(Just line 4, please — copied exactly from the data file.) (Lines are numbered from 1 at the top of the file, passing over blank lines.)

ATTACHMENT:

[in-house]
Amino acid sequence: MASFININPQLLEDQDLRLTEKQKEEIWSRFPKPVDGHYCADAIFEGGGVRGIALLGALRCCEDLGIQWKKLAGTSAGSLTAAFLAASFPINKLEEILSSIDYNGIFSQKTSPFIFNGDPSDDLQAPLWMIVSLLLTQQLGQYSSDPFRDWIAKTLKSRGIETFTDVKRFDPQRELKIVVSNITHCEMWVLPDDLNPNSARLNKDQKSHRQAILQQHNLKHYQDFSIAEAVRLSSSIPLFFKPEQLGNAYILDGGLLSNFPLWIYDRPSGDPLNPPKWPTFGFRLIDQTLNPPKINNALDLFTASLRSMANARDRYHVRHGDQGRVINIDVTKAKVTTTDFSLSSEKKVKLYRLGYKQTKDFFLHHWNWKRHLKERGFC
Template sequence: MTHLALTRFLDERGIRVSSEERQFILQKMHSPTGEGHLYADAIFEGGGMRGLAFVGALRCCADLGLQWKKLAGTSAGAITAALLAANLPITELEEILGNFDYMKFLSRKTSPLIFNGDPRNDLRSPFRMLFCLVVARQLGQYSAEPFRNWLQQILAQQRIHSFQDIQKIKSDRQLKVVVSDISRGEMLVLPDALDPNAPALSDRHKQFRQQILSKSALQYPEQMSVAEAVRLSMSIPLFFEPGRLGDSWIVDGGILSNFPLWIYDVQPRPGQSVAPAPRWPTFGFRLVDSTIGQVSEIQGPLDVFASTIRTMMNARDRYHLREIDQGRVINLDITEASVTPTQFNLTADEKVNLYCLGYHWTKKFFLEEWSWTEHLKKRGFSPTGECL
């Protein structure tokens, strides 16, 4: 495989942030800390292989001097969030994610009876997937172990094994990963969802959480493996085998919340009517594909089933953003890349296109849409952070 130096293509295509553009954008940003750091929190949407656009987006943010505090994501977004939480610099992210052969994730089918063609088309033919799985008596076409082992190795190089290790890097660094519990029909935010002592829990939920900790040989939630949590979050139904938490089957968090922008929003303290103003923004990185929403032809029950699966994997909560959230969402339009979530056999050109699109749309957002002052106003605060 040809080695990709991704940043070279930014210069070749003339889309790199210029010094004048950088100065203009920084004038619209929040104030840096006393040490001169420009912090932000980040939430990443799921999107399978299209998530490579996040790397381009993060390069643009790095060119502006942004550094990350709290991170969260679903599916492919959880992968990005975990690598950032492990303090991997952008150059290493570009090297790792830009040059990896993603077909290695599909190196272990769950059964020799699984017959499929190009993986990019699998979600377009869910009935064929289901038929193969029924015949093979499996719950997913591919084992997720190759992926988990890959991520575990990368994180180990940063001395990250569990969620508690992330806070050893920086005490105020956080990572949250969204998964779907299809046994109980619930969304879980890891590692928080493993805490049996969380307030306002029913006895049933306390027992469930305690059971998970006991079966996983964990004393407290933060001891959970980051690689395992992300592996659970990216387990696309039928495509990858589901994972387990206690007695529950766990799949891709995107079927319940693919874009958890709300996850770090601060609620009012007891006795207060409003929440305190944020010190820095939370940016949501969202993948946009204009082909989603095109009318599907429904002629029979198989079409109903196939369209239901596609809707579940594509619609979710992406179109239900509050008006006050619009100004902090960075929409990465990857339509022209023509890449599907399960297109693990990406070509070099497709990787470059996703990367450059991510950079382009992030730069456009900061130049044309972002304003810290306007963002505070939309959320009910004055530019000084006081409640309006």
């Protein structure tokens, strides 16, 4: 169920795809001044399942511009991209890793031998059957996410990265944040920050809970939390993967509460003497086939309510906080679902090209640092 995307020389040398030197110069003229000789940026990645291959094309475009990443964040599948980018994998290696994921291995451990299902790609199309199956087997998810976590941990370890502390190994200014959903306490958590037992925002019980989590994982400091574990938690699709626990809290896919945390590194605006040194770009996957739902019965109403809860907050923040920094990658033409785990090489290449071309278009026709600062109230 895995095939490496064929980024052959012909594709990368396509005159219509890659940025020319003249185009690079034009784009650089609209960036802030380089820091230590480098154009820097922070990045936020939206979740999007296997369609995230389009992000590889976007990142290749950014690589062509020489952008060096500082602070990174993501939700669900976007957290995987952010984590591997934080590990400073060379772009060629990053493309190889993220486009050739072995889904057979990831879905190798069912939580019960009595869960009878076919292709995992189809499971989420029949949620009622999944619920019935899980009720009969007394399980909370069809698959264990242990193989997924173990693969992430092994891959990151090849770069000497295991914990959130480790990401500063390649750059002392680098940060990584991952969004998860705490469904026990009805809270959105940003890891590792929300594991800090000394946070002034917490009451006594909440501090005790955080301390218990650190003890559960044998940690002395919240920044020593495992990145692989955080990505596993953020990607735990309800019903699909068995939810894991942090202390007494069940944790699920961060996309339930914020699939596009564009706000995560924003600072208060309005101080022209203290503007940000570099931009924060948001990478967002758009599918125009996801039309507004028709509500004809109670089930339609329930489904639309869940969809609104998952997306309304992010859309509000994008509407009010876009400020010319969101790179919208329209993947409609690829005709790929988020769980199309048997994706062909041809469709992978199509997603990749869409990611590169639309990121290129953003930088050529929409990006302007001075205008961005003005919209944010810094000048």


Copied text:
């Protein structure tokens, strides 16, 4: 495989942030800390292989001097969030994610009876997937172990094994990963969802959480493996085998919340009517594909089933953003890349296109849409952070 130096293509295509553009954008940003750091929190949407656009987006943010505090994501977004939480610099992210052969994730089918063609088309033919799985008596076409082992190795190089290790890097660094519990029909935010002592829990939920900790040989939630949590979050139904938490089957968090922008929003303290103003923004990185929403032809029950699966994997909560959230969402339009979530056999050109699109749309957002002052106003605060 040809080695990709991704940043070279930014210069070749003339889309790199210029010094004048950088100065203009920084004038619209929040104030840096006393040490001169420009912090932000980040939430990443799921999107399978299209998530490579996040790397381009993060390069643009790095060119502006942004550094990350709290991170969260679903599916492919959880992968990005975990690598950032492990303090991997952008150059290493570009090297790792830009040059990896993603077909290695599909190196272990769950059964020799699984017959499929190009993986990019699998979600377009869910009935064929289901038929193969029924015949093979499996719950997913591919084992997720190759992926988990890959991520575990990368994180180990940063001395990250569990969620508690992330806070050893920086005490105020956080990572949250969204998964779907299809046994109980619930969304879980890891590692928080493993805490049996969380307030306002029913006895049933306390027992469930305690059971998970006991079966996983964990004393407290933060001891959970980051690689395992992300592996659970990216387990696309039928495509990858589901994972387990206690007695529950766990799949891709995107079927319940693919874009958890709300996850770090601060609620009012007891006795207060409003929440305190944020010190820095939370940016949501969202993948946009204009082909989603095109009318599907429904002629029979198989079409109903196939369209239901596609809707579940594509619609979710992406179109239900509050008006006050619009100004902090960075929409990465990857339509022209023509890449599907399960297109693990990406070509070099497709990787470059996703990367450059991510950079382009992030730069456009900061130049044309972002304003810290306007963002505070939309959320009910004055530019000084006081409640309006």